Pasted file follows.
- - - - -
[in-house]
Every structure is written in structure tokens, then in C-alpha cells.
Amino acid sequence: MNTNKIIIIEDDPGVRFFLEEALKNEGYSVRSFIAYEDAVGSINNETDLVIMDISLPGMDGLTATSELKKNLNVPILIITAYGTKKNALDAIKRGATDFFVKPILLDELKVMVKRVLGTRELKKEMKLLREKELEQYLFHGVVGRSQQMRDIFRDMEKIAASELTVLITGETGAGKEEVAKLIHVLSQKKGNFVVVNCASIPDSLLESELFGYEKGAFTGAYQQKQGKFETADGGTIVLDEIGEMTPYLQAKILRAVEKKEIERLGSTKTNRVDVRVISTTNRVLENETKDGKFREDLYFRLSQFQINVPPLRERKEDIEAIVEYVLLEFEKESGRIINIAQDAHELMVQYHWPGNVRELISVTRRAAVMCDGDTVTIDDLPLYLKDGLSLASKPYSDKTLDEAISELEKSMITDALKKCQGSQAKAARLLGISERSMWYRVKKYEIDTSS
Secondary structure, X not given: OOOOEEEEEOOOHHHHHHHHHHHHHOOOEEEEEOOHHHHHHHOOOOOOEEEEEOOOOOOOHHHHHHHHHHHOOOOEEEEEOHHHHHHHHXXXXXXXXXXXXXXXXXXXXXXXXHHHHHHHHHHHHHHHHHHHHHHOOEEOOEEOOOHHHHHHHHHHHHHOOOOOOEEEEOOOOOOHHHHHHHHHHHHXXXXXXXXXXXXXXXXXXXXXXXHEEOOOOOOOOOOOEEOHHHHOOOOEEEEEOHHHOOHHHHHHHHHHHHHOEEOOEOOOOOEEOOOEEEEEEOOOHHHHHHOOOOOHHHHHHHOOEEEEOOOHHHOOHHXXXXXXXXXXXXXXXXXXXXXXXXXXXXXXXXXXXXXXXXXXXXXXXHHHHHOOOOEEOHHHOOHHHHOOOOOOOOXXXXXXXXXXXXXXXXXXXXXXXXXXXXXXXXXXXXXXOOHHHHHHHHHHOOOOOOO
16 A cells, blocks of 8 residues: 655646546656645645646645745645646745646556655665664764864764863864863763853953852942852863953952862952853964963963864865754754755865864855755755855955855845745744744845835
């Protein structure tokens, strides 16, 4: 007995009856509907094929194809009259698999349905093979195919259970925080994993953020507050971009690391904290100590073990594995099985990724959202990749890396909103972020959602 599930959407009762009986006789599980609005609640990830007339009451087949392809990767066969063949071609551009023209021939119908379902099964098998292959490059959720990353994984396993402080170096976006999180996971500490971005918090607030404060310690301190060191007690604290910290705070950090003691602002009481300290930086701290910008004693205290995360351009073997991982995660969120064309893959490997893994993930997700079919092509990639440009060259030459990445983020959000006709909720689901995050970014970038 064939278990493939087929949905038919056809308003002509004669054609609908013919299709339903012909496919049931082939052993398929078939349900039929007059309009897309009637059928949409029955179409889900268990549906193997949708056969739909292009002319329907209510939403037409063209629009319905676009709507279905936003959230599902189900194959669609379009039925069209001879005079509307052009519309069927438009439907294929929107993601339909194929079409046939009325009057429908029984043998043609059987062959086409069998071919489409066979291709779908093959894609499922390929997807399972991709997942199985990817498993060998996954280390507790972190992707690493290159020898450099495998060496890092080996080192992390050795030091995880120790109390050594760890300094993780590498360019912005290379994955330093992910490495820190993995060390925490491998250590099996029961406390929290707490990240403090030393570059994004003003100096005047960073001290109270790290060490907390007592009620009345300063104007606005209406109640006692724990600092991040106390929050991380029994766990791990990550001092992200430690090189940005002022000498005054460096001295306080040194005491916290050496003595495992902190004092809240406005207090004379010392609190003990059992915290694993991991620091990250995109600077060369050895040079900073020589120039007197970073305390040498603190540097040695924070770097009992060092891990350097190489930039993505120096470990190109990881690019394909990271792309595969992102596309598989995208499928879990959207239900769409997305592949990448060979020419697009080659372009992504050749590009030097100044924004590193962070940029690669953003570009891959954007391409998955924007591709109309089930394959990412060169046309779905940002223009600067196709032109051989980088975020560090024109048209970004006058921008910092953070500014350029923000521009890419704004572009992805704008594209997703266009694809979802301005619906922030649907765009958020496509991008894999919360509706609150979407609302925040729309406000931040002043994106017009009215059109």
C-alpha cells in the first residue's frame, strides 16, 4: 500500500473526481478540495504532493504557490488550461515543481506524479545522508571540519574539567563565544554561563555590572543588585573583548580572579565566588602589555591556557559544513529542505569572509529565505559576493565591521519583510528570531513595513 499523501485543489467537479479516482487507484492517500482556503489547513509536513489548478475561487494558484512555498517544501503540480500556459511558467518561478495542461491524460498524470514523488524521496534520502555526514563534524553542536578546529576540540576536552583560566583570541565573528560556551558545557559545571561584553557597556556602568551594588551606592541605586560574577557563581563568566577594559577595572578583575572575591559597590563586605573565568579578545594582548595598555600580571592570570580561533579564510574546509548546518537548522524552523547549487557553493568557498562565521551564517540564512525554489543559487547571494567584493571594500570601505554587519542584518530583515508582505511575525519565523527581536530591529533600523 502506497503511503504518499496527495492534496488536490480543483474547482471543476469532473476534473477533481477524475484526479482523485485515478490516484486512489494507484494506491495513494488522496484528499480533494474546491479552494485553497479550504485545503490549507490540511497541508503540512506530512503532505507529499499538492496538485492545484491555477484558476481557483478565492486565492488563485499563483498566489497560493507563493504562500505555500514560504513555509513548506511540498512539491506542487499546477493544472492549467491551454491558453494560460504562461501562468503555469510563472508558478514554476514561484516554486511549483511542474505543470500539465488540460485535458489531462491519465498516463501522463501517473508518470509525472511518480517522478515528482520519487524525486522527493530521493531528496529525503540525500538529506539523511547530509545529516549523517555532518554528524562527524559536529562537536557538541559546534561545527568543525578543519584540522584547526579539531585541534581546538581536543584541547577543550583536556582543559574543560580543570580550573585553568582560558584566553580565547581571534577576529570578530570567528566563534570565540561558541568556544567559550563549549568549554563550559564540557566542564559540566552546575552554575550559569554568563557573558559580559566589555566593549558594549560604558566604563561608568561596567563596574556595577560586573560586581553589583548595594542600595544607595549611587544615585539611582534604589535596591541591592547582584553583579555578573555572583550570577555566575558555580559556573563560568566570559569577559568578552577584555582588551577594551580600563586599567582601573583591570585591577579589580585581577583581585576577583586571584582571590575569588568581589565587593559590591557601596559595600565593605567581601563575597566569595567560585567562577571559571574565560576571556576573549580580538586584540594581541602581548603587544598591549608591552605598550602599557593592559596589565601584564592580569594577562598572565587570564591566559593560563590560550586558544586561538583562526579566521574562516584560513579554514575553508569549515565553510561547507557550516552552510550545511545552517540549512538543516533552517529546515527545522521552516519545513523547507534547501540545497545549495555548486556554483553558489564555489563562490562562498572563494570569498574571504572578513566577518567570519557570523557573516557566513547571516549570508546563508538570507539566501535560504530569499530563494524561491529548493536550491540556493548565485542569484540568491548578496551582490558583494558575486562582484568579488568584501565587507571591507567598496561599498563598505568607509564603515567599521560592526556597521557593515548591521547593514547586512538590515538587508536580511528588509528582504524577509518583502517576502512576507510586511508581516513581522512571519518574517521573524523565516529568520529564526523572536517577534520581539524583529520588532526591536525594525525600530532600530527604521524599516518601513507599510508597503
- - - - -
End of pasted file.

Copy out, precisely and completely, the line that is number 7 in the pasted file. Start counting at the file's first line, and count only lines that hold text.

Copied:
C-alpha cells in the first residue's frame, strides 16, 4: 500500500473526481478540495504532493504557490488550461515543481506524479545522508571540519574539567563565544554561563555590572543588585573583548580572579565566588602589555591556557559544513529542505569572509529565505559576493565591521519583510528570531513595513 499523501485543489467537479479516482487507484492517500482556503489547513509536513489548478475561487494558484512555498517544501503540480500556459511558467518561478495542461491524460498524470514523488524521496534520502555526514563534524553542536578546529576540540576536552583560566583570541565573528560556551558545557559545571561584553557597556556602568551594588551606592541605586560574577557563581563568566577594559577595572578583575572575591559597590563586605573565568579578545594582548595598555600580571592570570580561533579564510574546509548546518537548522524552523547549487557553493568557498562565521551564517540564512525554489543559487547571494567584493571594500570601505554587519542584518530583515508582505511575525519565523527581536530591529533600523 502506497503511503504518499496527495492534496488536490480543483474547482471543476469532473476534473477533481477524475484526479482523485485515478490516484486512489494507484494506491495513494488522496484528499480533494474546491479552494485553497479550504485545503490549507490540511497541508503540512506530512503532505507529499499538492496538485492545484491555477484558476481557483478565492486565492488563485499563483498566489497560493507563493504562500505555500514560504513555509513548506511540498512539491506542487499546477493544472492549467491551454491558453494560460504562461501562468503555469510563472508558478514554476514561484516554486511549483511542474505543470500539465488540460485535458489531462491519465498516463501522463501517473508518470509525472511518480517522478515528482520519487524525486522527493530521493531528496529525503540525500538529506539523511547530509545529516549523517555532518554528524562527524559536529562537536557538541559546534561545527568543525578543519584540522584547526579539531585541534581546538581536543584541547577543550583536556582543559574543560580543570580550573585553568582560558584566553580565547581571534577576529570578530570567528566563534570565540561558541568556544567559550563549549568549554563550559564540557566542564559540566552546575552554575550559569554568563557573558559580559566589555566593549558594549560604558566604563561608568561596567563596574556595577560586573560586581553589583548595594542600595544607595549611587544615585539611582534604589535596591541591592547582584553583579555578573555572583550570577555566575558555580559556573563560568566570559569577559568578552577584555582588551577594551580600563586599567582601573583591570585591577579589580585581577583581585576577583586571584582571590575569588568581589565587593559590591557601596559595600565593605567581601563575597566569595567560585567562577571559571574565560576571556576573549580580538586584540594581541602581548603587544598591549608591552605598550602599557593592559596589565601584564592580569594577562598572565587570564591566559593560563590560550586558544586561538583562526579566521574562516584560513579554514575553508569549515565553510561547507557550516552552510550545511545552517540549512538543516533552517529546515527545522521552516519545513523547507534547501540545497545549495555548486556554483553558489564555489563562490562562498572563494570569498574571504572578513566577518567570519557570523557573516557566513547571516549570508546563508538570507539566501535560504530569499530563494524561491529548493536550491540556493548565485542569484540568491548578496551582490558583494558575486562582484568579488568584501565587507571591507567598496561599498563598505568607509564603515567599521560592526556597521557593515548591521547593514547586512538590515538587508536580511528588509528582504524577509518583502517576502512576507510586511508581516513581522512571519518574517521573524523565516529568520529564526523572536517577534520581539524583529520588532526591536525594525525600530532600530527604521524599516518601513507599510508597503